An Exhibition of Baseball Art & Artifacts
APRIL 3 ~ MAY 26, 2000
RECEPTION: FRIDAY, APRIL 7, 7-9 PM
Alhambra High School Library
101 S. Second Street
The Baseball Reliquary will present
"Baseballogy 101: An Exhibition of Baseball Art & Artifacts"
at the Alhambra High School Library, 101 S. Second Street, Alhambra, California,
from April 3 through May 26, 2000. Coordinated by Alhambra High School
Librarian Cathy Doran, AHS teacher Mary Cannon, and the Reliquary staff,
"Baseballogy 101" will feature many artifacts from the permanent
collections of the Baseball Reliquary, some of which will be exhibited
publicly for the first time.
The exhibition will include:
The Eddie Grant Memorial plaque, originally
anchored to a stone monument at New York’s Polo Grounds and dedicated to
the first major league ballplayer killed in action in World War I. The
plaque, whose whereabouts remained shrouded in mystery for over 40 years,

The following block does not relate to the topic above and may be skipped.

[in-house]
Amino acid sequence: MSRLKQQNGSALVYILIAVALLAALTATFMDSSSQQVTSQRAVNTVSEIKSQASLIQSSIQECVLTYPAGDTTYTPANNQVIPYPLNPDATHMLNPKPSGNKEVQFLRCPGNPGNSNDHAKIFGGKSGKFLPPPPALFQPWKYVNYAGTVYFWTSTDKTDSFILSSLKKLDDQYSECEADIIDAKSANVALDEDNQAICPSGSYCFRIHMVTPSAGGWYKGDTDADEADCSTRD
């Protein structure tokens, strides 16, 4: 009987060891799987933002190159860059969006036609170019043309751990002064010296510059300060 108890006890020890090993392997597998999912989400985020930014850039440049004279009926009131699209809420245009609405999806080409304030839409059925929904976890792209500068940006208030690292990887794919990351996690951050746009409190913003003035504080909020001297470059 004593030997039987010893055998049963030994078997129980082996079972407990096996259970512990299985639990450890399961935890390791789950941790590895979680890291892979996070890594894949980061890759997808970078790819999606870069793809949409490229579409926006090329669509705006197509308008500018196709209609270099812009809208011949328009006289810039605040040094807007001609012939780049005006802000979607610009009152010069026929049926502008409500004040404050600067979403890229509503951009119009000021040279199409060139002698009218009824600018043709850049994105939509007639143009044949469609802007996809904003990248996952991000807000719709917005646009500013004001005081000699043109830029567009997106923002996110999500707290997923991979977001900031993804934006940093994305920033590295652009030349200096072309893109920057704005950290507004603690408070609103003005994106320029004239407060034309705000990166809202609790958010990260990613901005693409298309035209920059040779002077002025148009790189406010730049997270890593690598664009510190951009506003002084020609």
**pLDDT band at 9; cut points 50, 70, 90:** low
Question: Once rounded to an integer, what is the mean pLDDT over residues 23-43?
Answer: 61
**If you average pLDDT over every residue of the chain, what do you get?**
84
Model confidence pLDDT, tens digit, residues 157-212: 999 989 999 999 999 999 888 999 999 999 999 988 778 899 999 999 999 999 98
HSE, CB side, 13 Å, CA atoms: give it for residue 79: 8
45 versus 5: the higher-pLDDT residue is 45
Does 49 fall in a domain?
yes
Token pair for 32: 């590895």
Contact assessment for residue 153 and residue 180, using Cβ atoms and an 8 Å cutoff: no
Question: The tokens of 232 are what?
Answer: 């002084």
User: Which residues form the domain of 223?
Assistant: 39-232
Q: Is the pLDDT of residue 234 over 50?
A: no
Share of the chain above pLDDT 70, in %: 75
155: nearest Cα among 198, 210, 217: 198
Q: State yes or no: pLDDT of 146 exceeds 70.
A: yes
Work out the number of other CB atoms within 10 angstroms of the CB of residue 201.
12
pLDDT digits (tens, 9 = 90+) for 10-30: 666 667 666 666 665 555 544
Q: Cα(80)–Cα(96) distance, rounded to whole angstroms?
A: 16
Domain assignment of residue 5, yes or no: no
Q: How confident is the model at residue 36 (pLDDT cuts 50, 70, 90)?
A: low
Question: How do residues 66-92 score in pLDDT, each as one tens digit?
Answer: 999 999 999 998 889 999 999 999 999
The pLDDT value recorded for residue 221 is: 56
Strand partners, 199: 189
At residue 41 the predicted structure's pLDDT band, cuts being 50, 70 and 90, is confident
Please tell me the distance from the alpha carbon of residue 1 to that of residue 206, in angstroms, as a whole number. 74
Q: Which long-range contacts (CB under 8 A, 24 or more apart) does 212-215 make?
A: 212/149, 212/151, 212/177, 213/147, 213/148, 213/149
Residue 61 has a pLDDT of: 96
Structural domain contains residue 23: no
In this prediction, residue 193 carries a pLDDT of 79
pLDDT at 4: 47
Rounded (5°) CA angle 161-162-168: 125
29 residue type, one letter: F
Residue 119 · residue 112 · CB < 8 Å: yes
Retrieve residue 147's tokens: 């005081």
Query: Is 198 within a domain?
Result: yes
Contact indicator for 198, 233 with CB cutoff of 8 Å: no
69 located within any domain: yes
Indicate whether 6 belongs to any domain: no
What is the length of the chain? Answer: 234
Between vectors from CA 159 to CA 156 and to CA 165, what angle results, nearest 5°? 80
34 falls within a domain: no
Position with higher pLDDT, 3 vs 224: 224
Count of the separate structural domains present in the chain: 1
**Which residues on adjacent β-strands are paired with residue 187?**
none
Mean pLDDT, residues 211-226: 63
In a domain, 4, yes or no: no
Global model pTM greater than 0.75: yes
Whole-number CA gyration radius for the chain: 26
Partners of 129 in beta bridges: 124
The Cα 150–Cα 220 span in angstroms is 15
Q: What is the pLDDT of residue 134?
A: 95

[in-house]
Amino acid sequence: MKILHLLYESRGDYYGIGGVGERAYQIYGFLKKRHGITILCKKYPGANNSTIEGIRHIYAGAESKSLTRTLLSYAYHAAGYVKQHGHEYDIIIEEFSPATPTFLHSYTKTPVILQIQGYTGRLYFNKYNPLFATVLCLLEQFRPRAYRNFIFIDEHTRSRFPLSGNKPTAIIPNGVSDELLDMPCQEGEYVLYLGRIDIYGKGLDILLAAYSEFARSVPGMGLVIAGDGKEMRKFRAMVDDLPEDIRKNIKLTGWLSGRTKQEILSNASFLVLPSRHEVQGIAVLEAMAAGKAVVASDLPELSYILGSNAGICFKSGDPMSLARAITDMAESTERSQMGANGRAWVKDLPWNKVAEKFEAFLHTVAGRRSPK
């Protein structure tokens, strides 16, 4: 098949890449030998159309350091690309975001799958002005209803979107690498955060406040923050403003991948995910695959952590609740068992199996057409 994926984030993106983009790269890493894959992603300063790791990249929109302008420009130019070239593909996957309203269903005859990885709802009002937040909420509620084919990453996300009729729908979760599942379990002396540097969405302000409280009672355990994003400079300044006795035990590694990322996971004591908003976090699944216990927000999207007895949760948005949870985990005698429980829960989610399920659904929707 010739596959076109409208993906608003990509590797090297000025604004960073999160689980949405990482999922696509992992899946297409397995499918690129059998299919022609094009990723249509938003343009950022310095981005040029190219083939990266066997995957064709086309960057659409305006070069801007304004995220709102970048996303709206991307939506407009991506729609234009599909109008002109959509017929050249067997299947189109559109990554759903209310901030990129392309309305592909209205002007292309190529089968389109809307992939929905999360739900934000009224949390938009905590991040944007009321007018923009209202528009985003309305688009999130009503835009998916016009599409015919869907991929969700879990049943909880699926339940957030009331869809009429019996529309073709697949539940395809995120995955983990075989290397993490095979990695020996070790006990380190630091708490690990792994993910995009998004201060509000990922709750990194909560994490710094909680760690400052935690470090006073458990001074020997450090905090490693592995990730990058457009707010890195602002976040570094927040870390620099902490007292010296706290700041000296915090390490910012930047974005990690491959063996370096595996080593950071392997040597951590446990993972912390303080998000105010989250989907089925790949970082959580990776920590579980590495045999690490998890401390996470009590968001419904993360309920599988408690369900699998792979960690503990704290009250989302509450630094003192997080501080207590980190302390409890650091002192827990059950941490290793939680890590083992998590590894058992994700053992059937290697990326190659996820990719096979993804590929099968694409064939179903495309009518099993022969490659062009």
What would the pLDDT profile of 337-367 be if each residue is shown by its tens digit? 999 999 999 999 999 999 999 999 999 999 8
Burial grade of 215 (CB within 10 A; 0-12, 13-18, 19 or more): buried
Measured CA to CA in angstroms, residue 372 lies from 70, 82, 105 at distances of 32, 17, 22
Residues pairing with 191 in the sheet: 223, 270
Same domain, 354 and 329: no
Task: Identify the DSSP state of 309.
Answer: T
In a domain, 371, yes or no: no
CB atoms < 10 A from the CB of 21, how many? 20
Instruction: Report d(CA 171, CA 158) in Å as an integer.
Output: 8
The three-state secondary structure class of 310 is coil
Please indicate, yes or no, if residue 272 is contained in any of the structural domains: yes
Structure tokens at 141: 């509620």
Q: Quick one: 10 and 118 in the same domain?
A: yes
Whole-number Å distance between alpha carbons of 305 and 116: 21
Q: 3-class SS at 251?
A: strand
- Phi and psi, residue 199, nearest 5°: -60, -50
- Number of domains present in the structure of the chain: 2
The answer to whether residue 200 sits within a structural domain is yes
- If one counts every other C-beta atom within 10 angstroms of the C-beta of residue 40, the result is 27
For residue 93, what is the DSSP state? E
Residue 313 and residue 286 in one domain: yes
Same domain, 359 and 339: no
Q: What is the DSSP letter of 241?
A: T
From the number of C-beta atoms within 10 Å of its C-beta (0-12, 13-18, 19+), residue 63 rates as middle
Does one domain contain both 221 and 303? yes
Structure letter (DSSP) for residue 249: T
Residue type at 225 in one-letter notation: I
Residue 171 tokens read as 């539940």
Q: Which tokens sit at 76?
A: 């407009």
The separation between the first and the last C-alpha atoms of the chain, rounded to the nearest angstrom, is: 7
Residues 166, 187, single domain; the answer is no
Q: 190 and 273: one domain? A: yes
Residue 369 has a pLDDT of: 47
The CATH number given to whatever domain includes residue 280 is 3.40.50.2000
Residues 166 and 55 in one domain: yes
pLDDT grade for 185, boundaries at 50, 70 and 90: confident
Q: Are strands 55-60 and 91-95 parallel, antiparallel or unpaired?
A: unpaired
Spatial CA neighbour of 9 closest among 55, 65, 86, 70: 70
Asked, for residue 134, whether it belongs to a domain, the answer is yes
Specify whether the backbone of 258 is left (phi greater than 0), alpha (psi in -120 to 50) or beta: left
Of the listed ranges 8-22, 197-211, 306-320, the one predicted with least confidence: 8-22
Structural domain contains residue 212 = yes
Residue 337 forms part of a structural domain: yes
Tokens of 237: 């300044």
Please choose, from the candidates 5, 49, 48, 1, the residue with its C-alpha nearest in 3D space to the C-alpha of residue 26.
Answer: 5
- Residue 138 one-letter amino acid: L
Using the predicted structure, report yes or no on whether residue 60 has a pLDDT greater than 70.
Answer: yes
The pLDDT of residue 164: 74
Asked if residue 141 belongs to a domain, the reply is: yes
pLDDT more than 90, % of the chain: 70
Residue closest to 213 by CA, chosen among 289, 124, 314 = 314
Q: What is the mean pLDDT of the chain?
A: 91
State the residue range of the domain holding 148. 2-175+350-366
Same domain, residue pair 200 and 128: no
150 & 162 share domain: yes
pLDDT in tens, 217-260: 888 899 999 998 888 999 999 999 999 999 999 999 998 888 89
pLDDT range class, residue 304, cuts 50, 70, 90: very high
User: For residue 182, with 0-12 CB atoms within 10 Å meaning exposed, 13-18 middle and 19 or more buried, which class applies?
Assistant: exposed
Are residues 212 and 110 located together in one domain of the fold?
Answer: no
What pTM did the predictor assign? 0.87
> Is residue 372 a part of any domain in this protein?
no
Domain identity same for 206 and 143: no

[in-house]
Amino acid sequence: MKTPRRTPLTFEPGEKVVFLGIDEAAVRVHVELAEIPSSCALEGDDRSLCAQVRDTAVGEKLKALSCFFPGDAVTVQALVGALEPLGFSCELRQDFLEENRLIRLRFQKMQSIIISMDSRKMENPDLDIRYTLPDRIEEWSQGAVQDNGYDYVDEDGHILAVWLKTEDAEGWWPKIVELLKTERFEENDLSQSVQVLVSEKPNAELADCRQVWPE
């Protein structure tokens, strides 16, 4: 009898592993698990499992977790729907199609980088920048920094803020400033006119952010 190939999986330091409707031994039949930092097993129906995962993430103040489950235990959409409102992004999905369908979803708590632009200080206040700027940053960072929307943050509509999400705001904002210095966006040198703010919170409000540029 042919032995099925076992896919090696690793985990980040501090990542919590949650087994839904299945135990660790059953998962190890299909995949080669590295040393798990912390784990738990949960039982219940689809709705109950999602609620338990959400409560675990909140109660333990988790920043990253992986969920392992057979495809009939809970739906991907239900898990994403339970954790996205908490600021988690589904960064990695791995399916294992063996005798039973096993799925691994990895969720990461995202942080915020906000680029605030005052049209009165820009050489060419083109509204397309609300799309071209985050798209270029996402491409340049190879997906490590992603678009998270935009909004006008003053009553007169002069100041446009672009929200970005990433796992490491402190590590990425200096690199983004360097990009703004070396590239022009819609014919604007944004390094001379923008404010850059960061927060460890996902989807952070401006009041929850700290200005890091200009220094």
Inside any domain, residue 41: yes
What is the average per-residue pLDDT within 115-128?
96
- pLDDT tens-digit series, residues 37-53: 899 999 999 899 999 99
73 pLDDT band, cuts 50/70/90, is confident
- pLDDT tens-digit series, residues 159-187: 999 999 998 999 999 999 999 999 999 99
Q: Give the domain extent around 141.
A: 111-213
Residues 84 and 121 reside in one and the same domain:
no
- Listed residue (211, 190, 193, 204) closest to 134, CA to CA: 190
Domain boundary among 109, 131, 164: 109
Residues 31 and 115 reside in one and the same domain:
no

was recently discovered in the attic of a Ho Ho Kus, New Jersey home formerly
owned by a New York City police officer.
The text below was copied from http://www.mudvillemagazine.com/archives/07_2003/
and provides a little more info about the Eddie Grant plaque and how it
found its way to California.
|And yet even the Reliquary is not without
controversy. About three years ago, Albert (Albert Kilchesty, Archivist
and Historian) received a phone call from a friend who had just moved into
a house in Ho-Ho-Kus, New Jersey. The house used to belong to the widow
of a retired New York City policeman, whose beat just happened to include
the Polo Grounds.
Apparently, this was one of the cops
who rescued the Eddie Grant plaque from some hoodlums seeking to steal
it after the last Giants game in 1957.
The plaque, for those unfamiliar with
the tale, sat beneath the towering Chesterfield Cigarette sign in the recesses
of deep center field. It was a slab of bronze that honored Eddie Grant,
the New York Giants shortstop who was killed in action during World War
I in the Argonne Forest.
The Reliquary negotiated a price for
it and shipped it west to add to their archives.
"Unfortunately," Albert says,
"we had no idea that out in New York there was a group whose sole
purpose was to locate this thing. They were crushed and started accusing
us of faking it. But why would anyone forge a 75 pound bronze plaque?"